Basic Composition teaches students writing skills necessary for college success, including grammar and composition. Students will practice sentence construction (in the context of short writing assignments), paragraph construction, and the organization of ideas. Students will build on these basic skills by planning, writing, and revising short essays and experiencing writing as a multi-step process. The course also teaches several types of, purposes of, and audiences for general essays.
While individual instructors personalize their own sections of Basic Comp, the structure of the course and the important details of the syllabus are shared in common with all sections. (My colleague, Dr. Laura Patterson, who directs the undergraduate writing program, graciously provides all freshman writing teachers with a model syllabus, from which I have borrowed.)

Your objectives for this course are to

  • Create individualized writing learning plans based on the results of diagnostic tests and in consultation with instructor.
  • Practice grammar skills (those applicable to the individual student) through frequent electronic and written exercises, with feedback and explanation, both in and out of class.
  • Practice the grammar skills learned in exercises by focusing on these issues in the composition, revision, and editing phases of the writing process.
  • Develop sustainable main ideas for paragraphs and short essays.
  • Compose grammatically correct (free of both syntax issues and surface errors) sentences in paragraph-length writing assignments.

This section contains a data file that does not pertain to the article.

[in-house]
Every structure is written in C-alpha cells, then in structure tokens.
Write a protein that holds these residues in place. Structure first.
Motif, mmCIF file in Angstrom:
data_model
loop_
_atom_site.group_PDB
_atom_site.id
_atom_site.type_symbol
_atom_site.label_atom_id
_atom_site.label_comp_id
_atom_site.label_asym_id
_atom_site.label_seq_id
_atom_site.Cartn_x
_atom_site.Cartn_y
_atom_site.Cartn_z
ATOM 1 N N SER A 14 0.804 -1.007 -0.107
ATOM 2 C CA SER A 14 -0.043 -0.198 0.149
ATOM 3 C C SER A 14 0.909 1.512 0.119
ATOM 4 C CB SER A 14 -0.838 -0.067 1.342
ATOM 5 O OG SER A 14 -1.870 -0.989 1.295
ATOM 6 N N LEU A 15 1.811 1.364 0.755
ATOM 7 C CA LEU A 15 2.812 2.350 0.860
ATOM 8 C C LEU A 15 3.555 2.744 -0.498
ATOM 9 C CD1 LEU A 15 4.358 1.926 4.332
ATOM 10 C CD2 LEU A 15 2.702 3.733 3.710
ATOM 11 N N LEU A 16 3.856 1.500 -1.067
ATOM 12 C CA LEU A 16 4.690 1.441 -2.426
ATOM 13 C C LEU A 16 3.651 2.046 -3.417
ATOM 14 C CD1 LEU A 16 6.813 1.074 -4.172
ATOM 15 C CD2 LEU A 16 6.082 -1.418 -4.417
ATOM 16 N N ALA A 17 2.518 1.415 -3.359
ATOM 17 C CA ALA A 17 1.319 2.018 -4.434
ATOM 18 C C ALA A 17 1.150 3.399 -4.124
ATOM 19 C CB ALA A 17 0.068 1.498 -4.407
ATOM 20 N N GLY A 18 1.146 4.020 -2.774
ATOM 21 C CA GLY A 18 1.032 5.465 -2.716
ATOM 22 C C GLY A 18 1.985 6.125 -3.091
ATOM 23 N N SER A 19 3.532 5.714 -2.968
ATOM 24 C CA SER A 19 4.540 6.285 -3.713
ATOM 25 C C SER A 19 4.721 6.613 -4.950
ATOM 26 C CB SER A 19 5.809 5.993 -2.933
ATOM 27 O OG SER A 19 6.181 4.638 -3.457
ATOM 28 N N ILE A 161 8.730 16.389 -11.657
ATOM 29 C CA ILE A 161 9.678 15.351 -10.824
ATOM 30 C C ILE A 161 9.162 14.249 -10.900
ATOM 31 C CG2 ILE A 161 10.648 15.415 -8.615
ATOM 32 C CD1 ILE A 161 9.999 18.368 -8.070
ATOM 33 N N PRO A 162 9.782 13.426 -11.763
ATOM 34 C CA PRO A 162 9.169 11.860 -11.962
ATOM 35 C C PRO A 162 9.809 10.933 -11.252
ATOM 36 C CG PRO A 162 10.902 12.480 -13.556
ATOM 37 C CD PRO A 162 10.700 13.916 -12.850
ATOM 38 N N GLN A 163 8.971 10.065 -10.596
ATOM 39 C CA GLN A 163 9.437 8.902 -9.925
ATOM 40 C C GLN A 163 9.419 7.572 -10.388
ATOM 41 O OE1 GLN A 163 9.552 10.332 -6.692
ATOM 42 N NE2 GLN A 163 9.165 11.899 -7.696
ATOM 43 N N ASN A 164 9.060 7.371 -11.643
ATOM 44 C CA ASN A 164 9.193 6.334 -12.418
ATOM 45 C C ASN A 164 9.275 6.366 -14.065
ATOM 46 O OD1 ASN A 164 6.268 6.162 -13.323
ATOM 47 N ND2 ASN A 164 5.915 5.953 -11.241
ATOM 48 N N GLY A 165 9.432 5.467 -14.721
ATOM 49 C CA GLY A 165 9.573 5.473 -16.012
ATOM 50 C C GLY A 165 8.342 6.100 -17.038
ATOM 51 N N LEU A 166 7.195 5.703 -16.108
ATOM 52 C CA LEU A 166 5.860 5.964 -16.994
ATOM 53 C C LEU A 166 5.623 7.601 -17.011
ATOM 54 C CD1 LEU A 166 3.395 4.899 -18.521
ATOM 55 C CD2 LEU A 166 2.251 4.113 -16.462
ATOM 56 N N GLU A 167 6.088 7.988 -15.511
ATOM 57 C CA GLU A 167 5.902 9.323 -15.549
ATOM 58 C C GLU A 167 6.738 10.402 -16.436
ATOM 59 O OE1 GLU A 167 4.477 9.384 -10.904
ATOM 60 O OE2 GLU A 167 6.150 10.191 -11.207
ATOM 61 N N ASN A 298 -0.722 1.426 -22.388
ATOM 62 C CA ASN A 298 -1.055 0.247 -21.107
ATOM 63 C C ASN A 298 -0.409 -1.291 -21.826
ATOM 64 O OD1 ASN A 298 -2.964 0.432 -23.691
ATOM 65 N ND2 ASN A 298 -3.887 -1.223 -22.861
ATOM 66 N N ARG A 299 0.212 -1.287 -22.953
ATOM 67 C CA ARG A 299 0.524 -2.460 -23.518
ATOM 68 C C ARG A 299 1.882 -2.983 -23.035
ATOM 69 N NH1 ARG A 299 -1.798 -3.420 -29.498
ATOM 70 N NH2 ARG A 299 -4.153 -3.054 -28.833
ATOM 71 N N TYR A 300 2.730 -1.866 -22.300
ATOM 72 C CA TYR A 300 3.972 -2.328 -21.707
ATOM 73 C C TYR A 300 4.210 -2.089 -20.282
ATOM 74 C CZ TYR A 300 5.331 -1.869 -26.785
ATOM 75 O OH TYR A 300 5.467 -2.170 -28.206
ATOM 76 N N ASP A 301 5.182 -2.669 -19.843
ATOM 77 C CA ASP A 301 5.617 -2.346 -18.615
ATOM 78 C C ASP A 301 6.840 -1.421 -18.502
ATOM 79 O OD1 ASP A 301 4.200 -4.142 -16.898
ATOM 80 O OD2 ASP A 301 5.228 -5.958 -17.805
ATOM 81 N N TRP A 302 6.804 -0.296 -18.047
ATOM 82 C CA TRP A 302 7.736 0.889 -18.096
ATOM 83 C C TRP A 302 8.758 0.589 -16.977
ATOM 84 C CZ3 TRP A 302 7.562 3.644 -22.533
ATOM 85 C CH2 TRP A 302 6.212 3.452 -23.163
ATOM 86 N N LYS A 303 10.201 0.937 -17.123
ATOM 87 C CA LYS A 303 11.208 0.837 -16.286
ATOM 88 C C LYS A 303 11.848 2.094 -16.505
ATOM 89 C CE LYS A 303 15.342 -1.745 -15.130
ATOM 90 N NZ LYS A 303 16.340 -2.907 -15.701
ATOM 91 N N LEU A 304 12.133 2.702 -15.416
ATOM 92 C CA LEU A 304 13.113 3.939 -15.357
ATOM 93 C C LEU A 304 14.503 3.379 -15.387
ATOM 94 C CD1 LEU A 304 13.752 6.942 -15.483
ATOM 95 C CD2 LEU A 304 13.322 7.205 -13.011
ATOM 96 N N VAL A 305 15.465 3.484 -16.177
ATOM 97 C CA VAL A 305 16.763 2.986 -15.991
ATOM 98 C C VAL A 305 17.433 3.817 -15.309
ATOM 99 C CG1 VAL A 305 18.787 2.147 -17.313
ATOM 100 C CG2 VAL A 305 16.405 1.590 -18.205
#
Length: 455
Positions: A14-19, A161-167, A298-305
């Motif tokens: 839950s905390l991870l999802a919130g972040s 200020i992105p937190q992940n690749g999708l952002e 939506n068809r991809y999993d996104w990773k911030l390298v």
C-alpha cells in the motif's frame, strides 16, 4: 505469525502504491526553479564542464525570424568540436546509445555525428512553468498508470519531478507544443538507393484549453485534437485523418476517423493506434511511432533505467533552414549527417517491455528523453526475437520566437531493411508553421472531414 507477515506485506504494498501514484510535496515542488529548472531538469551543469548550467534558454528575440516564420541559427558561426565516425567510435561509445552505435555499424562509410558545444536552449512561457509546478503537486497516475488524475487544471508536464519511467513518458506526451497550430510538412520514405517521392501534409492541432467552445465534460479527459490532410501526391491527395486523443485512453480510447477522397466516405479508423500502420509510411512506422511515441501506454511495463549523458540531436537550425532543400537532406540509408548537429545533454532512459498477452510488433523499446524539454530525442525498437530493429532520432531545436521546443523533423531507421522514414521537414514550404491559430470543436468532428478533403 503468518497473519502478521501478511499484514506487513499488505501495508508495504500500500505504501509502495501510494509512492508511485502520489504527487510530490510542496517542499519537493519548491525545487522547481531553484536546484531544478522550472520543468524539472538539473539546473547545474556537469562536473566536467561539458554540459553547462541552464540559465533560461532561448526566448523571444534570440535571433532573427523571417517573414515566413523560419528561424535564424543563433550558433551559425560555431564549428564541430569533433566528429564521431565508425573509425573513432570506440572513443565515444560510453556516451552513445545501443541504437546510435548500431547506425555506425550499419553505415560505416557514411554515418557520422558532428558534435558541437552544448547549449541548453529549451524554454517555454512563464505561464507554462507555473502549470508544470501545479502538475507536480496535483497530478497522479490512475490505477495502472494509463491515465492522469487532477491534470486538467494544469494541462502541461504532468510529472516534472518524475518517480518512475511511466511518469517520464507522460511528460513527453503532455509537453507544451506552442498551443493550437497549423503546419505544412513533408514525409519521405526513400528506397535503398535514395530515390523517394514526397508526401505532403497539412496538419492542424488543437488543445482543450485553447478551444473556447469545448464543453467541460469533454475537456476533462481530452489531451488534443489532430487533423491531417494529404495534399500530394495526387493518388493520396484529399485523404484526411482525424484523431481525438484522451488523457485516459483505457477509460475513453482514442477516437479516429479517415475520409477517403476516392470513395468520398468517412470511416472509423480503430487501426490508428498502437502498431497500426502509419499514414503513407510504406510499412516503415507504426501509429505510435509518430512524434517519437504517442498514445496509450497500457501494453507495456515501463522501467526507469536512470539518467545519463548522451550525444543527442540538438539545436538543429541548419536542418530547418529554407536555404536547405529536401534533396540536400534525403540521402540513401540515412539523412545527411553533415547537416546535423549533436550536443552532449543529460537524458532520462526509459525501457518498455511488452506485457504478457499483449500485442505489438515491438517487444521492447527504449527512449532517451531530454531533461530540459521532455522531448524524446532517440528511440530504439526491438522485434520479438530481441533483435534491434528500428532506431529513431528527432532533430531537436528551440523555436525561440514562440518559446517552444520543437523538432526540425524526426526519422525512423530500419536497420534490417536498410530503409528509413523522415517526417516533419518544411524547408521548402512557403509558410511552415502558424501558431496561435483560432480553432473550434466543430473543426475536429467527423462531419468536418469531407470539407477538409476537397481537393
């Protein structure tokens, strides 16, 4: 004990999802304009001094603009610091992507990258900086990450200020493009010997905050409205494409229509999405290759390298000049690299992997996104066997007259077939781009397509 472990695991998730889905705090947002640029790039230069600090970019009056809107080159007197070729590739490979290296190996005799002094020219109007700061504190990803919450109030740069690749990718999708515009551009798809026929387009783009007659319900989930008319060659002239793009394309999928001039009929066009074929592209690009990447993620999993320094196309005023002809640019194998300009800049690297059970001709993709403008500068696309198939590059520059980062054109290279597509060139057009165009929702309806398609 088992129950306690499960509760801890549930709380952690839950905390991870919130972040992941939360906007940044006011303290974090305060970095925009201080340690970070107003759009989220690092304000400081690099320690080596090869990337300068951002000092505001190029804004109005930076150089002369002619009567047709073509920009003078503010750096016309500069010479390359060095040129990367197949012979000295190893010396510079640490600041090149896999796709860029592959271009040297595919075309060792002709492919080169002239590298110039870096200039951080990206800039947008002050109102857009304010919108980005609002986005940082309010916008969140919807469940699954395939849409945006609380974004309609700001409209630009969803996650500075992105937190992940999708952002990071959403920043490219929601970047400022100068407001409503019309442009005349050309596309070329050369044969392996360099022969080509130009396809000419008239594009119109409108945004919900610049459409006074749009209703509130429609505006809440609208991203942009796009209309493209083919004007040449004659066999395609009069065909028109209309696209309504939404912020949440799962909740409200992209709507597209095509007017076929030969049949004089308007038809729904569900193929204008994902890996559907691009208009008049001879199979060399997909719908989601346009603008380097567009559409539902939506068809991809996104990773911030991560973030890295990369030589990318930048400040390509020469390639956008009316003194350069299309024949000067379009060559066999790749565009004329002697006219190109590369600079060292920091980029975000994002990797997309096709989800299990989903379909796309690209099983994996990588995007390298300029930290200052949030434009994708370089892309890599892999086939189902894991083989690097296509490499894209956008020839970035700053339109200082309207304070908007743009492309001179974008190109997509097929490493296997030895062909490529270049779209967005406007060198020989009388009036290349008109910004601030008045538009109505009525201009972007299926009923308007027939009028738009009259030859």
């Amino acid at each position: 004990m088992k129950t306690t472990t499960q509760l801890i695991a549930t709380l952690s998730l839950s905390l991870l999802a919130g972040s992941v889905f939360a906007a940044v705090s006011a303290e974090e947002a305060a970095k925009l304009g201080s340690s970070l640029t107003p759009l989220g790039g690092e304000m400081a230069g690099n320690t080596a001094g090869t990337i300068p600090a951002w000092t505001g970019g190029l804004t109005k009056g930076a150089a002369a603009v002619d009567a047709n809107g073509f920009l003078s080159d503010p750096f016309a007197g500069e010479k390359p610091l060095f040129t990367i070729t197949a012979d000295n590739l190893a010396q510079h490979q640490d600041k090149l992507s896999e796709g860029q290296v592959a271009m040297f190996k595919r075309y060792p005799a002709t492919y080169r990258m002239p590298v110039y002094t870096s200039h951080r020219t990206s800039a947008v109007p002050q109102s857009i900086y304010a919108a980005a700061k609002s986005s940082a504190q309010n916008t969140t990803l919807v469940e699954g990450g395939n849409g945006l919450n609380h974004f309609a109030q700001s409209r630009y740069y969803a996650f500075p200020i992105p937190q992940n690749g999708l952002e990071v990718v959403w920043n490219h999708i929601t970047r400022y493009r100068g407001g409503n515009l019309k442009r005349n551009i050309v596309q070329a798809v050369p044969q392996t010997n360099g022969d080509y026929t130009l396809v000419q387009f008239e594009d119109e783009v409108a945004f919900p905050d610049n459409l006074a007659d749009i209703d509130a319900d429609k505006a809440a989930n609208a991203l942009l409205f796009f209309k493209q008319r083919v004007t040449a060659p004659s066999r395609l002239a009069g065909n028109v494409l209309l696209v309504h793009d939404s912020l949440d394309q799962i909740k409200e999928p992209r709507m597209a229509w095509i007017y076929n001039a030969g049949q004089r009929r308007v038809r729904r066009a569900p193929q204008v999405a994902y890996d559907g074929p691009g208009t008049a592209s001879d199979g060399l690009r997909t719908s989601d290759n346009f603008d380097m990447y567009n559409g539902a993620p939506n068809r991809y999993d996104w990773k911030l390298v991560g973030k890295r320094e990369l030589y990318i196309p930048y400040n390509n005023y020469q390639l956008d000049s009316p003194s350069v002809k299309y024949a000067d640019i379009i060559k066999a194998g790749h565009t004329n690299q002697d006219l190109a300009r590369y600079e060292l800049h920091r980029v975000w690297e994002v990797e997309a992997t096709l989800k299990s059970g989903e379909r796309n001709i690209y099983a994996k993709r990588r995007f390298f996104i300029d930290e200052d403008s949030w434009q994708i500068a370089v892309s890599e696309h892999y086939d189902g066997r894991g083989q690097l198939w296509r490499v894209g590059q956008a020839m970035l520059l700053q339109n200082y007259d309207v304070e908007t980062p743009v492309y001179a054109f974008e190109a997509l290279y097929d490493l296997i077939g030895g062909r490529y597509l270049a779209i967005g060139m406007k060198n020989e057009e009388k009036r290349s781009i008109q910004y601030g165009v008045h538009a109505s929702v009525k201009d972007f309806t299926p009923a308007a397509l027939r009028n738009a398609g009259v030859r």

• Practice writing process skills such as prewriting, free writing, brainstorming, listing, outlining, mapping, zero drafting, drafting, revising, proofreading, and copyediting
  • Plan, write, and revise several types of short essays.

This course fulfills the Communication, Self-Awareness, and Reflection element of the Liberal Arts Core. Keep all drafts of your papers from all your classes. You will need to include a selection of papers in your graduation portfolio -- a required component of each major.

Course Philosophy and Pedagogical Design
(Why we think this way of teaching you will help you learn.)

Composition is a multi-stage process rather than a single-sitting activity. The principle of writing as a process will unite all course activities. This course is designed to help students identify their own writing strengths and weaknesses and to build a plan for writing improvement based on those findings. Students will take an early diagnostic test, which, along with guidance from the instructor, will allow them to identify areas needing work. Grammar exercises and writing assignments will be tailored to each student, offering practice where needed. The course will also use a sequential building method, asking students to analyze their own writing on a sentence-by-sentence level, then on the paragraph level, and finally, in the context of the short essay. The instructor will assign some writing topics; other assignments will allow for student choice in subject matter. A post-test will offer assessment information for instructor and student alike, and a final self-assessment essay will give students the opportunity to reflect on writing progress and to identify writing goals and challenges for the future.